With a stroke of an accountant's pen, National Football League owners announced at their meetings in Hawaii last month that they were granting pensions to players who put in five years before 1959. Those players previously were denied pensions.
Gene Upshaw, director of the NFL Players Assn., said that the union deserved the credit for pushing the owners.
Since it was suddenly unanimous that this was a worthy cause whose time was overdue, a question arose: What took everyone so long?
"Our only concern was for our guys to get a pension," said Jack Maitland, a former Pittsburgh Steeler and now director of Pro Legends, the money-making arm of the NFL Alumni, from his office in Fort Lauderdale, Fla.
"It really came as a shock, a very pleasant shock. I think it's something the league should have done a long time ago. It's the end of a 20-year dream for us. We could not be more delighted."
If any one organization can claim credit, it's the NFL Alumni, which was formed in 1966 to fight for a pension for the players who played before 1959.
The first thing the organization did was sue the NFL but that didn't work. After that, the alumni turned to consciousness-raising and appeals to conscience, which took time but ultimately worked.
This year, for the first time, the NFL Players Assn. intended to list pensions for the pre-'59ers among its demands in its collective bargaining package.
But the owners discovered a surplus in the money earmarked for the current pension plan. So they seized the moral high ground, taking their excess and financing the separate plan for the pre-'59ers.
"They (the players) had it on the docket," Maitland said. "I don't know how high a priority it was. On behalf of the NFL Alumni, the only statement I'd like to say is that we appreciate anything (Upshaw) did to maybe goose this thing along."
That everyone owed the pre-'59ers was obvious. The league has been publishing histories about the old days, in effect merchandising the pre-'59ers, for years. Several pre-'59ers were known to be having financial problems. Hall of Famers Bronko Nagurski and Clyde (Bulldog) Turner were the most prominently mentioned.
The league and the alumni set up a joint program for players in dire need, who could receive the difference between what they were earning, in salary and/or pension, and $12,000. The program is confidential, but Nagurski and Turner are said to have refused to apply, out of pride.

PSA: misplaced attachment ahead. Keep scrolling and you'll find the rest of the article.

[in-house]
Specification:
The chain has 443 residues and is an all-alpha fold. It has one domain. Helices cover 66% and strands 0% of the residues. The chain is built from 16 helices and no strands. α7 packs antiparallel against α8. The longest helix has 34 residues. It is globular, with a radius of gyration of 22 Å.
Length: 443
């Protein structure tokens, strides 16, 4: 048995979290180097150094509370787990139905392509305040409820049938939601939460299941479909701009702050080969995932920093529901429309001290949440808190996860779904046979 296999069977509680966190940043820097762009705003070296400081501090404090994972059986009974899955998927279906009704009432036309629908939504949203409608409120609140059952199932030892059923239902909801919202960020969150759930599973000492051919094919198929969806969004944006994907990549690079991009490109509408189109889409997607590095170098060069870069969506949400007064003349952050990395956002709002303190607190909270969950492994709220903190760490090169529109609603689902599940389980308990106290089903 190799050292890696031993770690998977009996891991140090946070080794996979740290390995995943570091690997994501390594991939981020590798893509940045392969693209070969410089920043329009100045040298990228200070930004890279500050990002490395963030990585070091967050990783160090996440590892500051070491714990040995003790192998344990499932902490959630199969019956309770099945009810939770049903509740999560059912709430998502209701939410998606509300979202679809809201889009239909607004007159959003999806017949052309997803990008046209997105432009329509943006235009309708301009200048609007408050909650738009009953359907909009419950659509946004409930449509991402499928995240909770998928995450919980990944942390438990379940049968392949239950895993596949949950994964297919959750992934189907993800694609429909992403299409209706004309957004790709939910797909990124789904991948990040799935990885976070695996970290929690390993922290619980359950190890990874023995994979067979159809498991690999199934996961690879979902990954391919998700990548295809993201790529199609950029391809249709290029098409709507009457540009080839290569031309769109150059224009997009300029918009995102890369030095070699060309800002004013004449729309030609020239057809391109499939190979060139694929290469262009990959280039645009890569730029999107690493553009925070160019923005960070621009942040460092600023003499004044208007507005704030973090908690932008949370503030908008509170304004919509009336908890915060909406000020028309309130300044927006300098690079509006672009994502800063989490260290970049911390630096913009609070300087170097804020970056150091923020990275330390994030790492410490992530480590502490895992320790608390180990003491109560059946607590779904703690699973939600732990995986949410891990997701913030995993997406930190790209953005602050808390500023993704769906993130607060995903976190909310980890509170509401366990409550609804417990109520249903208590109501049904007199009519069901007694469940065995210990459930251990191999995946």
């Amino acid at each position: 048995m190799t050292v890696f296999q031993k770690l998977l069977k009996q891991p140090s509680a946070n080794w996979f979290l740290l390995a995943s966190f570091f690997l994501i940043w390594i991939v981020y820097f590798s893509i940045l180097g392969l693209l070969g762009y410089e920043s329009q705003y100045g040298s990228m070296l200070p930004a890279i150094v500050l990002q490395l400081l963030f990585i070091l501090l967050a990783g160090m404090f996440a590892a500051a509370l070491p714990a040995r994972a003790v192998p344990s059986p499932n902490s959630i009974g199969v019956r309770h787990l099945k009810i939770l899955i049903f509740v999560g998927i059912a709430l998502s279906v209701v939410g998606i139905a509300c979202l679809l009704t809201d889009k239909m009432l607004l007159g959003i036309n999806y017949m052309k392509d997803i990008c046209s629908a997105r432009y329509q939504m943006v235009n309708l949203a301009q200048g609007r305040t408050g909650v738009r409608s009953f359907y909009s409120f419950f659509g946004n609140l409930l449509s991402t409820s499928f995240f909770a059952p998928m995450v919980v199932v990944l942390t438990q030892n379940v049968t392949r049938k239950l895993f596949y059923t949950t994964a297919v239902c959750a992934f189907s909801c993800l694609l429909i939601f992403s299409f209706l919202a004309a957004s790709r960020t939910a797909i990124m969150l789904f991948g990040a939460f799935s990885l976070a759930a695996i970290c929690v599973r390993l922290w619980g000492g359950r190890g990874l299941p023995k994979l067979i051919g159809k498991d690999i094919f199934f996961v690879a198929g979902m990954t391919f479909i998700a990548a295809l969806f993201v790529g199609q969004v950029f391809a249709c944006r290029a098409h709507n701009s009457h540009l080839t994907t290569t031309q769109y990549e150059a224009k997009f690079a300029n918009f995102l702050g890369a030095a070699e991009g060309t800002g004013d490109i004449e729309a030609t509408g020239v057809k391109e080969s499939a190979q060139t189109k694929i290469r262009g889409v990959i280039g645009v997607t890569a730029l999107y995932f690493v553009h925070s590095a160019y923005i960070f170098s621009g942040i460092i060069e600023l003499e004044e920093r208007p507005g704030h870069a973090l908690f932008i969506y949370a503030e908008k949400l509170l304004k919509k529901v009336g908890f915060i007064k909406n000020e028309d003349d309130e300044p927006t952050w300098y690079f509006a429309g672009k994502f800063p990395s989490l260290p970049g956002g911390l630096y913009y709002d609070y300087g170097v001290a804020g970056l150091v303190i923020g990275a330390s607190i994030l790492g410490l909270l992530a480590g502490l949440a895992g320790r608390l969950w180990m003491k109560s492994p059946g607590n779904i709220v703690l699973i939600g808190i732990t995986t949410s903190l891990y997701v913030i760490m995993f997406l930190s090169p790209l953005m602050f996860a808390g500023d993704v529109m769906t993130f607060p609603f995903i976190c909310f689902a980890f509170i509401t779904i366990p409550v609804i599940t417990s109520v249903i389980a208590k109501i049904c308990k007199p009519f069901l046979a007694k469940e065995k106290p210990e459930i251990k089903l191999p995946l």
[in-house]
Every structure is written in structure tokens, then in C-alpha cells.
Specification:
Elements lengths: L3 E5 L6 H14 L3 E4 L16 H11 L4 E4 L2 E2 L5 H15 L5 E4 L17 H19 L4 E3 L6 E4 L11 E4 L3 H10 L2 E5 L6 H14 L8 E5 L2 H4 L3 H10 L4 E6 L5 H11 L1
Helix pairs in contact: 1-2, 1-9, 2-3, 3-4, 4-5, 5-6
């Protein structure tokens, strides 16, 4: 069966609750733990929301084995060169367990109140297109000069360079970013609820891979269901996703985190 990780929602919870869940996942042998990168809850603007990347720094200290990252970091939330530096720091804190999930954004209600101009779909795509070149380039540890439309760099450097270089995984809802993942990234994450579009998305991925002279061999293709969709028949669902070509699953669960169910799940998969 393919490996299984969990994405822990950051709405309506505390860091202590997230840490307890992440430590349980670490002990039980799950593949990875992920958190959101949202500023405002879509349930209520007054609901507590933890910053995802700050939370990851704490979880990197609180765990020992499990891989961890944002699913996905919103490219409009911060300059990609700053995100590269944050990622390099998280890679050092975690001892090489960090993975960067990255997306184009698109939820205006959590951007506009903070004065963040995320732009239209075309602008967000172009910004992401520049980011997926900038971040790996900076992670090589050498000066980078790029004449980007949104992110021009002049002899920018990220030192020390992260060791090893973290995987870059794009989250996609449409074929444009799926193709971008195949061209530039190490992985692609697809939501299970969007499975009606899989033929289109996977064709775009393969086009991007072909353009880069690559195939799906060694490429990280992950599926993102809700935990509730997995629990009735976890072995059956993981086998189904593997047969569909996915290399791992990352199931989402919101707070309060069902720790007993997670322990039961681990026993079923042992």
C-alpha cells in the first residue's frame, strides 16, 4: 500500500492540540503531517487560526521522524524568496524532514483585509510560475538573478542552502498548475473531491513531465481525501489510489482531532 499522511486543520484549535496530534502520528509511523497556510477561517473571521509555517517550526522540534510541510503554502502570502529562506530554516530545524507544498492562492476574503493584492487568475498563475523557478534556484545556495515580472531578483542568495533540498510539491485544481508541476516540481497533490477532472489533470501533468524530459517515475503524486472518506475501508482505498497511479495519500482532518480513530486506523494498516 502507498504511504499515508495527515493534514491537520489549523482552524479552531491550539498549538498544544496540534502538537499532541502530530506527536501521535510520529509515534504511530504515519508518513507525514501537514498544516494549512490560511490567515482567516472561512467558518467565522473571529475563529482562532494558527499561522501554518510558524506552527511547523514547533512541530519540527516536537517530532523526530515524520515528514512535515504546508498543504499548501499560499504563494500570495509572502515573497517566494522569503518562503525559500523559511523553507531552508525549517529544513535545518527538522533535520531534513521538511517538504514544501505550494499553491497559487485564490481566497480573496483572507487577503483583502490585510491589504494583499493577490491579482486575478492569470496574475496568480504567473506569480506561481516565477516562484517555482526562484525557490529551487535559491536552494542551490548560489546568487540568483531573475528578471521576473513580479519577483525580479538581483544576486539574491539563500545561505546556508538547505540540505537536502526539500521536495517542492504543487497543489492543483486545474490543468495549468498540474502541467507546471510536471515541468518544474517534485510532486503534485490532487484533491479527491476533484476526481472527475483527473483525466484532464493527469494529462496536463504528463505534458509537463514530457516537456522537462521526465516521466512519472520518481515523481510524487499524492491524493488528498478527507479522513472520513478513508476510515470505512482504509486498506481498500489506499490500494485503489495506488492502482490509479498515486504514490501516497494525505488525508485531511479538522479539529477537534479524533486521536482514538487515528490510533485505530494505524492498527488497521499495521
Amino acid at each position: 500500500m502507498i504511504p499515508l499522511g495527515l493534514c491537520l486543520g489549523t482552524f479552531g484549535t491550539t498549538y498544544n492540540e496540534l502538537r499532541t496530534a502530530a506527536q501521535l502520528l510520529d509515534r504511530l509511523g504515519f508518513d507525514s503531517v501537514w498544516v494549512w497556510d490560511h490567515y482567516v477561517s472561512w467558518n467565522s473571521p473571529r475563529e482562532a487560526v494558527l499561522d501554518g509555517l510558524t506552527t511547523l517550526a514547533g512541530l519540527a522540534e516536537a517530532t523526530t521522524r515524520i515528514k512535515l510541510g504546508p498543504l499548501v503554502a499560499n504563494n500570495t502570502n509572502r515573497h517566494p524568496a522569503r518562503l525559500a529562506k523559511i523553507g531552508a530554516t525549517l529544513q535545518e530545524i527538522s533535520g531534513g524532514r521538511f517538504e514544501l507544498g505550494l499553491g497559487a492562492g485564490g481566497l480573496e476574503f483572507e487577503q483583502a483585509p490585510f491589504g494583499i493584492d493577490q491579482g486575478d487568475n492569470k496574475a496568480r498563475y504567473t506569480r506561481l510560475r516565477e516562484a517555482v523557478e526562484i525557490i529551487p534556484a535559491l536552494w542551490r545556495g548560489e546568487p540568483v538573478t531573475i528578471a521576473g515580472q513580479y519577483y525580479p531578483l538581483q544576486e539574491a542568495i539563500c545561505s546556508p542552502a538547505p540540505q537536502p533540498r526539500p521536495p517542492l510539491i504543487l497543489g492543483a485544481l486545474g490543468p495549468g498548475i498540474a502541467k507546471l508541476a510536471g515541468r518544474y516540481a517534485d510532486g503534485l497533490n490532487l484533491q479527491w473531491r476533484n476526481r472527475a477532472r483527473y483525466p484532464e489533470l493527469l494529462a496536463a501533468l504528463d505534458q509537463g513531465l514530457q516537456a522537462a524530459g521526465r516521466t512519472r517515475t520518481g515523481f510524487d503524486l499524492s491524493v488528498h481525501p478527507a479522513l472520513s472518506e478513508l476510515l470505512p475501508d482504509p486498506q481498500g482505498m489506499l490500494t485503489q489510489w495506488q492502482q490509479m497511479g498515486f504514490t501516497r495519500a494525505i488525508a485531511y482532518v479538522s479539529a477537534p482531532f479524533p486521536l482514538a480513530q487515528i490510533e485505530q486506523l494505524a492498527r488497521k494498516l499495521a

"Bronko lives in International Falls, Minn.," said Ed Sprinkle, the once-dreaded Chicago Bears defensive end who is a rental fleet manager in Elgin, Ill. "He ran a gas station up there for years. I don't think he ever suffered as far as missing any meals goes but he sure never made any big money.
"He doesn't get around much now. He's had problems with his eyesight.
"Bulldog had a ranch down in Texas and had a rough time. They had a drought. He was the same type guy, very proud. He didn't want to go on dire need. I think both of them stayed out of the program.
"Things had gone so bad that Bulldog had just about lost the desire to live or do anything. He told me the bank had foreclosed on his mortgage.
"He's got 12 or 13 years (of service) so he'll be getting $720 to $780 a month from this. That's a lot of money to people like this. He'd told me he was living on Social Security, $440 a month. You add $720, and he should just about be able to make it."
The pre-'59ers will get $60 a month for every year of service before 1959. That is less than the current pension pays modern players, but the people who fought so long say it'll do.
"It's a nice stipend for a lot of them," Maitland said. "More important than the money is the dignity that has been restored. They feel like, 'We were the first four decades of football. We pioneered the sport. We laid the groundwork for the game as it is today.' "
Among the new beneficiaries is Sprinkle, who earns a good living but is delighted anyway.
"I'm gonna make 'em suffer," Sprinkle said, laughing. "I'm gonna live till I'm 90."